It's fair to say that Haas has enjoyed something of a roller-coaster ride since entering the sport in 2016, the first American team to race in F1 since 1986.
In its first two seasons it finished eighth in the standings before claiming an impressive fifth last year.
This year, though usually competitive on single-lap pace, due to ongoing issues which has seen the team try all manner of solutions, including a hybrid aero package in Russia at the weekend, the team has slipped down to ninth.
While the sport welcomed the team's arrival, a number of its rivals were less than impressed, for the American outfit took full advantage of regulations which allowed it to 'buy in' more components than was allowed before, resulting in an engine and gearbox from Ferrari and a chassis created by Dallara.
Though using Dallara to create the chassis meant a reduced headcount for Haas, certainly compared to other teams, it still meant the creation of a satellite office in Italy, in addition to its UK team base and operational HQ in Kannapolis, North Carolina.
Forbes reveals that the financial statements for Haas Formula, the UK company which provides F1 team support services to parent company, Kannapolis-based Haas Formula LLC, show that in the year to 31 December 2018 the company invested £1.9m ($2.3m) in machinery, vehicles, computer equipment and the race shop in the UK.
At the same time, as the team increased its UK headcount by 14, giving it a total of 92 - a fraction of the numbers employed by its rivals - the payroll increased by 31%.
With the cost of the satellite office in Italy approximately £9.4m ($11.7m), overall spending outside the United States was £105.4m ($130.4m), which was covered by revenue from parent company Haas Formula LLC and the team's prize money.
Between them, the teams receive a 47.5% share of the underlying profits of F1's operating company. This is divided in two, with one half split between the top ten teams in the championship on a sliding scale, while the other half is divided evenly but only goes to those teams that have finished in the top ten in two of the previous three seasons. 2018 was the first time that Haas qualified for this... and is at the core of the ongoing row over whether Racing Point is entitled to a share since Haas insists it is an entirely new team and not Force India in a new guise.
As a result, 2018 saw Haas' prize money increase by 146.5% to around £45.3m ($56.2m).
The team also received £67.1m ($83.2m) from external sponsors, including Haas Automation, the engineering company founded by the team's ultimate owner Gene Haas, watch maker Richard Mille and clothing brand Jack & Jones, both of whom contributed around £4m ($5m) according to the Formula Money Sponsorship Database.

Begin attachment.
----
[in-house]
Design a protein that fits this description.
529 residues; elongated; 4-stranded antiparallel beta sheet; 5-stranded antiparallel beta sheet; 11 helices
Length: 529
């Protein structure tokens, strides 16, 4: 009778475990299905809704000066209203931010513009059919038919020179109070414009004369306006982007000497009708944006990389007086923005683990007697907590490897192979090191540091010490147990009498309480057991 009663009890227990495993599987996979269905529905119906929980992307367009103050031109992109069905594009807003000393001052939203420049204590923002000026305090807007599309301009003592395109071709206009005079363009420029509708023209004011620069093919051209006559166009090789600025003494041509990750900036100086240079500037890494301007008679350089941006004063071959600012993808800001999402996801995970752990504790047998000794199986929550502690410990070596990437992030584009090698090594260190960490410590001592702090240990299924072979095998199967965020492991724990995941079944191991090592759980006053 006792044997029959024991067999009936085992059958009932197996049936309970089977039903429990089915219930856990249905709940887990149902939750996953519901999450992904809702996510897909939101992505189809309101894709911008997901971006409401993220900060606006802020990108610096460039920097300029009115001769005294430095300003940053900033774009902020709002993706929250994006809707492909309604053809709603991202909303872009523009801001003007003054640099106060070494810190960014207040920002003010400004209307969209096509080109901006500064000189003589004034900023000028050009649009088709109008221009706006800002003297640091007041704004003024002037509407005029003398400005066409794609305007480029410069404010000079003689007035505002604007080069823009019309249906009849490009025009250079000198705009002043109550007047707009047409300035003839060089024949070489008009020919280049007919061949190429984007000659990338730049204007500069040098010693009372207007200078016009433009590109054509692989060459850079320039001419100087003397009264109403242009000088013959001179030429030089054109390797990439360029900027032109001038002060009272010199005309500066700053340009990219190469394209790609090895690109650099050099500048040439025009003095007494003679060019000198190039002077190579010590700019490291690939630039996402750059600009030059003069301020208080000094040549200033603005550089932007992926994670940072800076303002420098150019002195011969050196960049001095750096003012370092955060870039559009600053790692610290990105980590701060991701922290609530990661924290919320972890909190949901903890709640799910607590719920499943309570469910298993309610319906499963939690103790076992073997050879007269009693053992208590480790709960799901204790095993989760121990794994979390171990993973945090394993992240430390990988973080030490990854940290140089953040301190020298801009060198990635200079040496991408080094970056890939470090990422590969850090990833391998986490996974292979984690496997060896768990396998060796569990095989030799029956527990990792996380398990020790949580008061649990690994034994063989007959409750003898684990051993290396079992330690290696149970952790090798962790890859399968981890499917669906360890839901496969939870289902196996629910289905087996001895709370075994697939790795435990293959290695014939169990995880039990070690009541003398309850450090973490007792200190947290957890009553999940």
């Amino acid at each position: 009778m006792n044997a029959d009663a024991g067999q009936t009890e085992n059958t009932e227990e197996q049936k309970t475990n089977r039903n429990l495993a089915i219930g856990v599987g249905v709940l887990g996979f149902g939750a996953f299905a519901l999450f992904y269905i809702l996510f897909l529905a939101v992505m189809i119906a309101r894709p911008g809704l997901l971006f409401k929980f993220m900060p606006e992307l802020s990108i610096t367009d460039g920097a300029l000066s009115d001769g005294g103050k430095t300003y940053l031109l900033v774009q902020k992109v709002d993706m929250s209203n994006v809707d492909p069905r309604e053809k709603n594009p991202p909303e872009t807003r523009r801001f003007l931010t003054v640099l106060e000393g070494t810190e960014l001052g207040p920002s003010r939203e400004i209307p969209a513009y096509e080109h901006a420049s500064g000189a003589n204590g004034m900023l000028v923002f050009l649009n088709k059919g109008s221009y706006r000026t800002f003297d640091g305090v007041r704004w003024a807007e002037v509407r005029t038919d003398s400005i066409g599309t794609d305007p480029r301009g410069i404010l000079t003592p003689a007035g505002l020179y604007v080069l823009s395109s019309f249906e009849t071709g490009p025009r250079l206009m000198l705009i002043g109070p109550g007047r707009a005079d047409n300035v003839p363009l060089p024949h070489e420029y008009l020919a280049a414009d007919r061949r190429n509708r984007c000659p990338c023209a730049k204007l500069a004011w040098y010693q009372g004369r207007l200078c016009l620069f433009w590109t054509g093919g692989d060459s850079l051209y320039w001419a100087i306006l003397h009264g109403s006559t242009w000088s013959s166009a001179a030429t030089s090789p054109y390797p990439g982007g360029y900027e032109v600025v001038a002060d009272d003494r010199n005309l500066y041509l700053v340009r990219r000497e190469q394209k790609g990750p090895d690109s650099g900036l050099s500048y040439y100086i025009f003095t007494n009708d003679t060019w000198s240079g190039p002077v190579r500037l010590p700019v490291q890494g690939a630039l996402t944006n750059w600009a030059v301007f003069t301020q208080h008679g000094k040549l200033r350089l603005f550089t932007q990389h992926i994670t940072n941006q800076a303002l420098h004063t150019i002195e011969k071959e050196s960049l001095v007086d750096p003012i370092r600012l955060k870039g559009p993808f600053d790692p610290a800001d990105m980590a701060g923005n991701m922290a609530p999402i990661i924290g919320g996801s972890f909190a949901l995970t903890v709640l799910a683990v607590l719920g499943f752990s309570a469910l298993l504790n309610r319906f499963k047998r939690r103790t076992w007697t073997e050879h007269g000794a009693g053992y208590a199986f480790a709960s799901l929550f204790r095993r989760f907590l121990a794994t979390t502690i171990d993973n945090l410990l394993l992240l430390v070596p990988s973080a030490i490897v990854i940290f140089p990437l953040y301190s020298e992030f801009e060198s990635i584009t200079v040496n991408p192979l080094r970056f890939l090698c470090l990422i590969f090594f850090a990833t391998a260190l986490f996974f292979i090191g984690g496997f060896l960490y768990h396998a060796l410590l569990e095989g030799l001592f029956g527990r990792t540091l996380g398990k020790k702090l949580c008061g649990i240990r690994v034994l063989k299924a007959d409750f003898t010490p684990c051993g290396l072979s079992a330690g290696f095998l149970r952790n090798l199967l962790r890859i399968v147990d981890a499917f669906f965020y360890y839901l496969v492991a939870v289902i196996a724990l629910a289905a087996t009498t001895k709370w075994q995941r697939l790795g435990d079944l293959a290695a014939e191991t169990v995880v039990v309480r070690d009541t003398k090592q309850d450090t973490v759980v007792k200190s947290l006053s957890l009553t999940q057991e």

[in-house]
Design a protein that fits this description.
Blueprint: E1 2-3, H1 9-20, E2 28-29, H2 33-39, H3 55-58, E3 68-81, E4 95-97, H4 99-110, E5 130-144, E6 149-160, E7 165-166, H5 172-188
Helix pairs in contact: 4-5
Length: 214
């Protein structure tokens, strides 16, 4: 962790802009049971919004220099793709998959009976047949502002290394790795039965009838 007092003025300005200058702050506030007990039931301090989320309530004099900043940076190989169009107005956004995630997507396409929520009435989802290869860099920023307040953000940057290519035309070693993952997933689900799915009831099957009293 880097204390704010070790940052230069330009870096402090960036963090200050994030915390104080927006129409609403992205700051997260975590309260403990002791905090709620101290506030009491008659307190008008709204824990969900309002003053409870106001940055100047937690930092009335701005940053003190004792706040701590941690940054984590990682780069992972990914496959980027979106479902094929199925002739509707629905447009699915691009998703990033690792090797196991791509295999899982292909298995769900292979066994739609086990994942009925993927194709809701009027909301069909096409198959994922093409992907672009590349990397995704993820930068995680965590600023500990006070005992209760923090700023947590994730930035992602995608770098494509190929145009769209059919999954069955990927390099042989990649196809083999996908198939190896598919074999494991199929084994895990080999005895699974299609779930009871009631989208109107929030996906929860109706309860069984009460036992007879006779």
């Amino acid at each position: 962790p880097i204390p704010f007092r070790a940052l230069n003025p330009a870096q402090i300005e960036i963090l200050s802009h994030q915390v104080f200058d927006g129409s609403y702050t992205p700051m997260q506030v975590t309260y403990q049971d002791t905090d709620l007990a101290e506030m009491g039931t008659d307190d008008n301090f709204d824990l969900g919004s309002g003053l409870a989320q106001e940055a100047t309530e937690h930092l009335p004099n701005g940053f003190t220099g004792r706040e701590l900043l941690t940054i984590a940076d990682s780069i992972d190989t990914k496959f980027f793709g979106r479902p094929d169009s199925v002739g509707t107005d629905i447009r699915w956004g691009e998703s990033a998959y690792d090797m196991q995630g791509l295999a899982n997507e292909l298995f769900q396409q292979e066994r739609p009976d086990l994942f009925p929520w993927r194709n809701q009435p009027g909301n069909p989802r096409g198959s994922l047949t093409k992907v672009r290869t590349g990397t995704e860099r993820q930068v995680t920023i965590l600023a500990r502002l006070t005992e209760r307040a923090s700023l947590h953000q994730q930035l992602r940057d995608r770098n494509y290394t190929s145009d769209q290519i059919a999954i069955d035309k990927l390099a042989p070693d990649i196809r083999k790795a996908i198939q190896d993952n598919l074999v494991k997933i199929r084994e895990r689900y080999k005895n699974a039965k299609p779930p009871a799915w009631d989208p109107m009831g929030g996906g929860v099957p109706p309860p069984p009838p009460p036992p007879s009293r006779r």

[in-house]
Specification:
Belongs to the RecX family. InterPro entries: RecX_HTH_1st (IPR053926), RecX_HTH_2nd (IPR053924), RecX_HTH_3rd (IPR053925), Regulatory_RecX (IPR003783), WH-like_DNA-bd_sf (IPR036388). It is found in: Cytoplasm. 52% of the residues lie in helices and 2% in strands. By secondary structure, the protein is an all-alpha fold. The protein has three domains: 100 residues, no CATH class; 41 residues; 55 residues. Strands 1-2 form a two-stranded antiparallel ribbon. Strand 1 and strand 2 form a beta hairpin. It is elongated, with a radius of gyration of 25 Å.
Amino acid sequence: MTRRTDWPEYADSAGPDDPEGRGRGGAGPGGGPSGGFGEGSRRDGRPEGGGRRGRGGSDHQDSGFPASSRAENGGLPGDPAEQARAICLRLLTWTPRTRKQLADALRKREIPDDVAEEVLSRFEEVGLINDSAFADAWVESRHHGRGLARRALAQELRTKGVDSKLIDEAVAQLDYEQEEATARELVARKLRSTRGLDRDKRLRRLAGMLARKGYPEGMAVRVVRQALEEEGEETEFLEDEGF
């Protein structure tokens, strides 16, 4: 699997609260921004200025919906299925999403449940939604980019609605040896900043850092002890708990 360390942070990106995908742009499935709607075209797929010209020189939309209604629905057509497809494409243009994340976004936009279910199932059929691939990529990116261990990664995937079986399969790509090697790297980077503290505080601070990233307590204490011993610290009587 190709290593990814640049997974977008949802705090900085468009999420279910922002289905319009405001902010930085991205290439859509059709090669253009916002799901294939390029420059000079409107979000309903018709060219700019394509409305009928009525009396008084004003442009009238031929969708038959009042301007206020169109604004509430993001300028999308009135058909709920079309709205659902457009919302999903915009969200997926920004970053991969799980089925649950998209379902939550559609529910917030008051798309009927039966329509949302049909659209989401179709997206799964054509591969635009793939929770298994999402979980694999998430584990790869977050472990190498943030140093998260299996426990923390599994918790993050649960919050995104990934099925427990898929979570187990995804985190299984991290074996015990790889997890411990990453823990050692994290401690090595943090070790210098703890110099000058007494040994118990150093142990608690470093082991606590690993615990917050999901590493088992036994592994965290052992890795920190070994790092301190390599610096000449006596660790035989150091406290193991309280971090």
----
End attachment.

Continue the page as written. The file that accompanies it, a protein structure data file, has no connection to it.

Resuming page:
This year saw Haas adorned with logos for the controversial energy drink, Rich Energy, though the deal ended just 14 races into the season. Precisely what Rich Energy paid into the Haas coffers should become clear when this year's accounts are filed, around twelve months from now.
The filings state that Haas "has two major suppliers, that contribute a significant portion of the car parts and technical support required for the company's race car development", which clearly refers to Ferrari and Dallara.
Reflecting this, the statements add that the team has "commitments to acquire services" which amount to £46m ($57m) over the next three years, and that the company makes "payments under non-cancellable operating leases" with £17.3m ($21.5m) to pay this year and again next year.
As for ongoing speculation about the future of the team, the financial statements state that "the directors have received confirmation from Haas Formula LLC of its intention to provide such financial support as is necessary for the company to continue in operation for the foreseeable future and at least twelve months from the date of signing of these financial statements". Since this was stated on 17 May this year, it appears to cover Haas for 2020.
Indeed, it should be noted that currently all ten teams are only contracted to race until the end of 2020 and are currently deciding whether to accept new terms. Or not.
Beyond 2020 is anyone's guess, for along with Haas, Mercedes and Renault's long-term commitment as constructors is in doubt, albeit for different reasons.